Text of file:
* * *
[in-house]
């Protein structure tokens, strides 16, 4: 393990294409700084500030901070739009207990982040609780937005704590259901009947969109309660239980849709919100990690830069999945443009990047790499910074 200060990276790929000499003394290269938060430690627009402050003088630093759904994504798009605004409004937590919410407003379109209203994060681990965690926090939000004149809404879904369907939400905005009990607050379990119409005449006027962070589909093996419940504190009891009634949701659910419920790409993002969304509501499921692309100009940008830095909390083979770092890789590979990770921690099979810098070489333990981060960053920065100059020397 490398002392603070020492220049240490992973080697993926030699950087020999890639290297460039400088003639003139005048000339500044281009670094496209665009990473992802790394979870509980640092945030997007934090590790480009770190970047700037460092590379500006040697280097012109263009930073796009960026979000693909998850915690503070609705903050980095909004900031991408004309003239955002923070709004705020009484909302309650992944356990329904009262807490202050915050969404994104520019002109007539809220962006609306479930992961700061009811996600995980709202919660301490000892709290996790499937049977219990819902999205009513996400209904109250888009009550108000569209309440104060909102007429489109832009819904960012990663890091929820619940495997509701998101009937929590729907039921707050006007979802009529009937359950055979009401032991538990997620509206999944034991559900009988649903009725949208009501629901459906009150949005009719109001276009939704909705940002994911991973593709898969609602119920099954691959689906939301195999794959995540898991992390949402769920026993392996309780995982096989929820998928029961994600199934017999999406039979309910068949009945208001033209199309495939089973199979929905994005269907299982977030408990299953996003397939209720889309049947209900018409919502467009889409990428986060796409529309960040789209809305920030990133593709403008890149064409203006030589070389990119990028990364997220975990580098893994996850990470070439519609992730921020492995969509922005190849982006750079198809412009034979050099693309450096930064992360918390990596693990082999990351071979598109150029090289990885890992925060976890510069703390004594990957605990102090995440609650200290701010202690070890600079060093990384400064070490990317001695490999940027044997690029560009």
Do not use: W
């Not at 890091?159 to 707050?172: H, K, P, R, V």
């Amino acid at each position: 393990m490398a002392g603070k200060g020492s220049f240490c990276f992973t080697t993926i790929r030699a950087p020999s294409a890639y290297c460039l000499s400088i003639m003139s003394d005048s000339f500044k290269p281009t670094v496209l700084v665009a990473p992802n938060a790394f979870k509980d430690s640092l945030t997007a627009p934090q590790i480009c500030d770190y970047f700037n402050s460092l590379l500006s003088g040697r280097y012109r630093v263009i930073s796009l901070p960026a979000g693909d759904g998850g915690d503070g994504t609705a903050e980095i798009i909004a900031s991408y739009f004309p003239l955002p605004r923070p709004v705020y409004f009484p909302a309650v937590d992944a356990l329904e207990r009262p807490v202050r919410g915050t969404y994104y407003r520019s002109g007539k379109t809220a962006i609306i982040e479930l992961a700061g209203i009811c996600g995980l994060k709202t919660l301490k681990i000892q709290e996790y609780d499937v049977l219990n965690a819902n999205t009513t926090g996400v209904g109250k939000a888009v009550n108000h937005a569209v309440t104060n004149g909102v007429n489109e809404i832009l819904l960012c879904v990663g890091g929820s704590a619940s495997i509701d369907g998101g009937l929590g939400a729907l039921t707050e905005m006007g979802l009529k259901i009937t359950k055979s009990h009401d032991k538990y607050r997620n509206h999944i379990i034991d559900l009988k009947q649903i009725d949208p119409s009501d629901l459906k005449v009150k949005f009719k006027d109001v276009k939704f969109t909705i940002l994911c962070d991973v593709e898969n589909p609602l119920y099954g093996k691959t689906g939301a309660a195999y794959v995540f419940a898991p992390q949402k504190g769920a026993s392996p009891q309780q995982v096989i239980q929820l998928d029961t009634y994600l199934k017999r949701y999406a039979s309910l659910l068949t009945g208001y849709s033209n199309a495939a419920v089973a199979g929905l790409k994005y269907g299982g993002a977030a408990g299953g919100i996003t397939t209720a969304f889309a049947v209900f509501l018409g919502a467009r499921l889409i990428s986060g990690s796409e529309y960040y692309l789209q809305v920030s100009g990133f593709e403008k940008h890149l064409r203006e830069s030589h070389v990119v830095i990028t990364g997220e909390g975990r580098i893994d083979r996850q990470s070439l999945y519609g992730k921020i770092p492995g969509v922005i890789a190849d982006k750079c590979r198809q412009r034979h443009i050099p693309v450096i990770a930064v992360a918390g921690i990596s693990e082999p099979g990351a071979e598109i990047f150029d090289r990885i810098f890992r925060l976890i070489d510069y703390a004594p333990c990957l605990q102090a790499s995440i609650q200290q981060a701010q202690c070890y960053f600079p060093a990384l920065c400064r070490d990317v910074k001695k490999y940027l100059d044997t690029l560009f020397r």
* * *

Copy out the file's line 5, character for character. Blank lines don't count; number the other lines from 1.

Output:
């Amino acid at each position: 393990m490398a002392g603070k200060g020492s220049f240490c990276f992973t080697t993926i790929r030699a950087p020999s294409a890639y290297c460039l000499s400088i003639m003139s003394d005048s000339f500044k290269p281009t670094v496209l700084v665009a990473p992802n938060a790394f979870k509980d430690s640092l945030t997007a627009p934090q590790i480009c500030d770190y970047f700037n402050s460092l590379l500006s003088g040697r280097y012109r630093v263009i930073s796009l901070p960026a979000g693909d759904g998850g915690d503070g994504t609705a903050e980095i798009i909004a900031s991408y739009f004309p003239l955002p605004r923070p709004v705020y409004f009484p909302a309650v937590d992944a356990l329904e207990r009262p807490v202050r919410g915050t969404y994104y407003r520019s002109g007539k379109t809220a962006i609306i982040e479930l992961a700061g209203i009811c996600g995980l994060k709202t919660l301490k681990i000892q709290e996790y609780d499937v049977l219990n965690a819902n999205t009513t926090g996400v209904g109250k939000a888009v009550n108000h937005a569209v309440t104060n004149g909102v007429n489109e809404i832009l819904l960012c879904v990663g890091g929820s704590a619940s495997i509701d369907g998101g009937l929590g939400a729907l039921t707050e905005m006007g979802l009529k259901i009937t359950k055979s009990h009401d032991k538990y607050r997620n509206h999944i379990i034991d559900l009988k009947q649903i009725d949208p119409s009501d629901l459906k005449v009150k949005f009719k006027d109001v276009k939704f969109t909705i940002l994911c962070d991973v593709e898969n589909p609602l119920y099954g093996k691959t689906g939301a309660a195999y794959v995540f419940a898991p992390q949402k504190g769920a026993s392996p009891q309780q995982v096989i239980q929820l998928d029961t009634y994600l199934k017999r949701y999406a039979s309910l659910l068949t009945g208001y849709s033209n199309a495939a419920v089973a199979g929905l790409k994005y269907g299982g993002a977030a408990g299953g919100i996003t397939t209720a969304f889309a049947v209900f509501l018409g919502a467009r499921l889409i990428s986060g990690s796409e529309y960040y692309l789209q809305v920030s100009g990133f593709e403008k940008h890149l064409r203006e830069s030589h070389v990119v830095i990028t990364g997220e909390g975990r580098i893994d083979r996850q990470s070439l999945y519609g992730k921020i770092p492995g969509v922005i890789a190849d982006k750079c590979r198809q412009r034979h443009i050099p693309v450096i990770a930064v992360a918390g921690i990596s693990e082999p099979g990351a071979e598109i990047f150029d090289r990885i810098f890992r925060l976890i070489d510069y703390a004594p333990c990957l605990q102090a790499s995440i609650q200290q981060a701010q202690c070890y960053f600079p060093a990384l920065c400064r070490d990317v910074k001695k490999y940027l100059d044997t690029l560009f020397r």